The new series of Inspector George Gently deals with hard-hitting issues without sugar-coating the attitudes of the time.

Respected vetran actor, Martin Shaw, explained to What’s on TV why George Gently hits the mark when it comes to capturing 1960s issues such as rape, prostitution and women in the force.



“We have very good scripts for the new series. It’s growing because we all know each other better as the years go by, so we trust each other more and more.”



He added: “There are lots of whodunits out there. And there’s always an element of that about our show, because it’s about the police, but more and more it’s really about the relationships between the characters.”



Set specifically in 1969, the big theme of the new series is the changing place of women at home, at work, and – in the form of Lisa McGrillis, who plays WPC Rachel Cole – in the police force. Established characters like Lee Ingleby’s DS John Bacchus give voice to the attitudes of many policemen of the time. Attitudes, which some modern viewers, may find shocking!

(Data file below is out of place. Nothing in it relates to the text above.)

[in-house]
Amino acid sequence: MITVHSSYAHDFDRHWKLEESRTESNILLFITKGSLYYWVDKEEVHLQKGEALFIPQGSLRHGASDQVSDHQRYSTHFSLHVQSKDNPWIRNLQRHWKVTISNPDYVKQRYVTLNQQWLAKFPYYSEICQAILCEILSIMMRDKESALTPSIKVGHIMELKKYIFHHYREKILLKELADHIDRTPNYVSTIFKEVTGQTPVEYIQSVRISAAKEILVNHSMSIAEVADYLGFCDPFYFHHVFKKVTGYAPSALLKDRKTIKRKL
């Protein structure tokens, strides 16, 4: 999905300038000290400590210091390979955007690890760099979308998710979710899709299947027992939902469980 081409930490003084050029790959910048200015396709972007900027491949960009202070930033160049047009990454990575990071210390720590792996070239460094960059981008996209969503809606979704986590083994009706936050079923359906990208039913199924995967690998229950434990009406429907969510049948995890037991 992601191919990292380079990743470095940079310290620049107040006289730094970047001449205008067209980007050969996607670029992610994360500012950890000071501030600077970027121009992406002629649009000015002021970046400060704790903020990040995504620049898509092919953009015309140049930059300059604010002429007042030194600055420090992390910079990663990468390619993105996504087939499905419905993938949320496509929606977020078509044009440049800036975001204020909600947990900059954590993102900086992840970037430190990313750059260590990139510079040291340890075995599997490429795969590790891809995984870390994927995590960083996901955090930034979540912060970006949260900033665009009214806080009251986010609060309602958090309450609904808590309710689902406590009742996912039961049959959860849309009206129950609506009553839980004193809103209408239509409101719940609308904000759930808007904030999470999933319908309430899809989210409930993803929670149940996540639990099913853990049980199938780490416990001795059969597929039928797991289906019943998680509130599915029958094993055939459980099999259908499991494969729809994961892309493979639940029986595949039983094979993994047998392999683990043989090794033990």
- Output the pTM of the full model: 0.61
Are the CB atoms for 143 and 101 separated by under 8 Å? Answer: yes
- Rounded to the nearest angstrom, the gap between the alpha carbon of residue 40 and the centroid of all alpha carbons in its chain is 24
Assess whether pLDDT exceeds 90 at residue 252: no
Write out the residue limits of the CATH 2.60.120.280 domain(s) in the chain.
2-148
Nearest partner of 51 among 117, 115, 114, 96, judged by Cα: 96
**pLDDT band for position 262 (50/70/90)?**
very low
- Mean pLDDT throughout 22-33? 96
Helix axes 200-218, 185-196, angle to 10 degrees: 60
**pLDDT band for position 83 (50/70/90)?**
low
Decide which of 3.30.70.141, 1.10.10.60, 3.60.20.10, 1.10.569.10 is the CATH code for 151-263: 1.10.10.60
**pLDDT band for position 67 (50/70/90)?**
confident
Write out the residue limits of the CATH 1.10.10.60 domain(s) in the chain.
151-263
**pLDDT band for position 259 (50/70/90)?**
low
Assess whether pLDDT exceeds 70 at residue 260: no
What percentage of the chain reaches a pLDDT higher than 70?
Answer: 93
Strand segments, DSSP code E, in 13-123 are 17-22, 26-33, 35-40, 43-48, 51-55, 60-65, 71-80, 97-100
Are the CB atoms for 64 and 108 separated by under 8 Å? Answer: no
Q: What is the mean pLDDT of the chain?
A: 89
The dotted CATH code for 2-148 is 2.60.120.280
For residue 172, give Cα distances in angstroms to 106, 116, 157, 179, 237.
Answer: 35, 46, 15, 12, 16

Martin said: “Because Inspector George Gently starts before the 9 o’clock watershed we are always, to a certain extent, constrained as to what we can say and do. Anything that might be shocking has to go through the BBC’s Compliance Department. Over the years, as people realise we’re not out to shock, we’re just out to inform and entertain, we have more leeway.”



“In any case, when people get offended, so what? What’s happened? Nothing. They’re just being offended.”



He also said: “Even though the mass consciousness at the time was very much against women, George has a natural compassionate intellect. It’s really useful to see the difference in attitudes between Gently and Bacchus!



The four-part series of Inspector George Gently continues on Wednesday at 8pm on BBC1

For more from Martin, read our interview